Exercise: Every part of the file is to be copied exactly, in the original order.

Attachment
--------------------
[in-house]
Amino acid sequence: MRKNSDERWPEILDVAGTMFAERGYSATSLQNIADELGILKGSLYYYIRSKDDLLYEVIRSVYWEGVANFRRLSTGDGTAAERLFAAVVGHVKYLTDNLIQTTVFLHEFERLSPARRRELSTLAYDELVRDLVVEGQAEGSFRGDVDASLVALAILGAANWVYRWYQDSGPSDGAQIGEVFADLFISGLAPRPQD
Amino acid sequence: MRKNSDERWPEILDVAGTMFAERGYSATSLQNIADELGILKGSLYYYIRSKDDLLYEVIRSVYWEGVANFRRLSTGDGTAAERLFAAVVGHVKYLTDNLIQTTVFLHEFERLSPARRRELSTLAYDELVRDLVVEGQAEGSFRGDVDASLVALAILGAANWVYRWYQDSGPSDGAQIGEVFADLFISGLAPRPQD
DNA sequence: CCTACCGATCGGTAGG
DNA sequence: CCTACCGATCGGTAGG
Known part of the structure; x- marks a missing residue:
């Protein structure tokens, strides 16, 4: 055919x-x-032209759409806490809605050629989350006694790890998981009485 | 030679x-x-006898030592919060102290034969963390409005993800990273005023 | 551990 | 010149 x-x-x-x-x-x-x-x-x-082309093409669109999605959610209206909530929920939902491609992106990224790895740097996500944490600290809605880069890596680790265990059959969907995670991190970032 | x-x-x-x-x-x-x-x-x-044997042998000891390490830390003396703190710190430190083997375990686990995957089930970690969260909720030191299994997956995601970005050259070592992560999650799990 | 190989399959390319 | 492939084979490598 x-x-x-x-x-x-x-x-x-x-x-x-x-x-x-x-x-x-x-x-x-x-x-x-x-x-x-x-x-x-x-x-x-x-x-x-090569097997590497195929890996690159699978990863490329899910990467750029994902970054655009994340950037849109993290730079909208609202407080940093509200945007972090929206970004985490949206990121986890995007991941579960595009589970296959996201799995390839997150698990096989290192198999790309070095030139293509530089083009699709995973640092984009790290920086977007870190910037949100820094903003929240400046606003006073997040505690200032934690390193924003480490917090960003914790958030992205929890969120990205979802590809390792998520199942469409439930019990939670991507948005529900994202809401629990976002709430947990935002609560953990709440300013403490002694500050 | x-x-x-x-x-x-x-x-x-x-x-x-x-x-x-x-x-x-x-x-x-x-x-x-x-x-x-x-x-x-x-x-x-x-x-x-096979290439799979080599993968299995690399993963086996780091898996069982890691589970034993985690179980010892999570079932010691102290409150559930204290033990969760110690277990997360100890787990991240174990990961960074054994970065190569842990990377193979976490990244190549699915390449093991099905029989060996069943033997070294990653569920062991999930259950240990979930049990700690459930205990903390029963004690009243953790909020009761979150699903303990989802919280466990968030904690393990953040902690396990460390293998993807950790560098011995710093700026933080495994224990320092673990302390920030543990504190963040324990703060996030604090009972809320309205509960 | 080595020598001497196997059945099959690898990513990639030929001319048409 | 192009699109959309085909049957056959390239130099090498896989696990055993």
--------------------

[in-house]
Amino acid sequence: MRKNSDERWPEILDVAGTMFAERGYSATSLQNIADELGILKGSLYYYIRSKDDLLYEVIRSVYWEGVANFRRLSTGDGTAAERLFAAVVGHVKYLTDNLIQTTVFLHEFERLSPARRRELSTLAYDELVRDLVVEGQAEGSFRGDVDASLVALAILGAANWVYRWYQDSGPSDGAQIGEVFADLFISGLAPRPQD
Amino acid sequence: MRKNSDERWPEILDVAGTMFAERGYSATSLQNIADELGILKGSLYYYIRSKDDLLYEVIRSVYWEGVANFRRLSTGDGTAAERLFAAVVGHVKYLTDNLIQTTVFLHEFERLSPARRRELSTLAYDELVRDLVVEGQAEGSFRGDVDASLVALAILGAANWVYRWYQDSGPSDGAQIGEVFADLFISGLAPRPQD
DNA sequence: CCTACCGATCGGTAGG
DNA sequence: CCTACCGATCGGTAGG
Known part of the structure; x- marks a missing residue:
């Protein structure tokens, strides 16, 4: 055919x-x-032209759409806490809605050629989350006694790890998981009485 | 030679x-x-006898030592919060102290034969963390409005993800990273005023 | 551990 | 010149 x-x-x-x-x-x-x-x-x-082309093409669109999605959610209206909530929920939902491609992106990224790895740097996500944490600290809605880069890596680790265990059959969907995670991190970032 | x-x-x-x-x-x-x-x-x-044997042998000891390490830390003396703190710190430190083997375990686990995957089930970690969260909720030191299994997956995601970005050259070592992560999650799990 | 190989399959390319 | 492939084979490598 x-x-x-x-x-x-x-x-x-x-x-x-x-x-x-x-x-x-x-x-x-x-x-x-x-x-x-x-x-x-x-x-x-x-x-x-090569097997590497195929890996690159699978990863490329899910990467750029994902970054655009994340950037849109993290730079909208609202407080940093509200945007972090929206970004985490949206990121986890995007991941579960595009589970296959996201799995390839997150698990096989290192198999790309070095030139293509530089083009699709995973640092984009790290920086977007870190910037949100820094903003929240400046606003006073997040505690200032934690390193924003480490917090960003914790958030992205929890969120990205979802590809390792998520199942469409439930019990939670991507948005529900994202809401629990976002709430947990935002609560953990709440300013403490002694500050 | x-x-x-x-x-x-x-x-x-x-x-x-x-x-x-x-x-x-x-x-x-x-x-x-x-x-x-x-x-x-x-x-x-x-x-x-096979290439799979080599993968299995690399993963086996780091898996069982890691589970034993985690179980010892999570079932010691102290409150559930204290033990969760110690277990997360100890787990991240174990990961960074054994970065190569842990990377193979976490990244190549699915390449093991099905029989060996069943033997070294990653569920062991999930259950240990979930049990700690459930205990903390029963004690009243953790909020009761979150699903303990989802919280466990968030904690393990953040902690396990460390293998993807950790560098011995710093700026933080495994224990320092673990302390920030543990504190963040324990703060996030604090009972809320309205509960 | 080595020598001497196997059945099959690898990513990639030929001319048409 | 192009699109959309085909049957056959390239130099090498896989696990055993």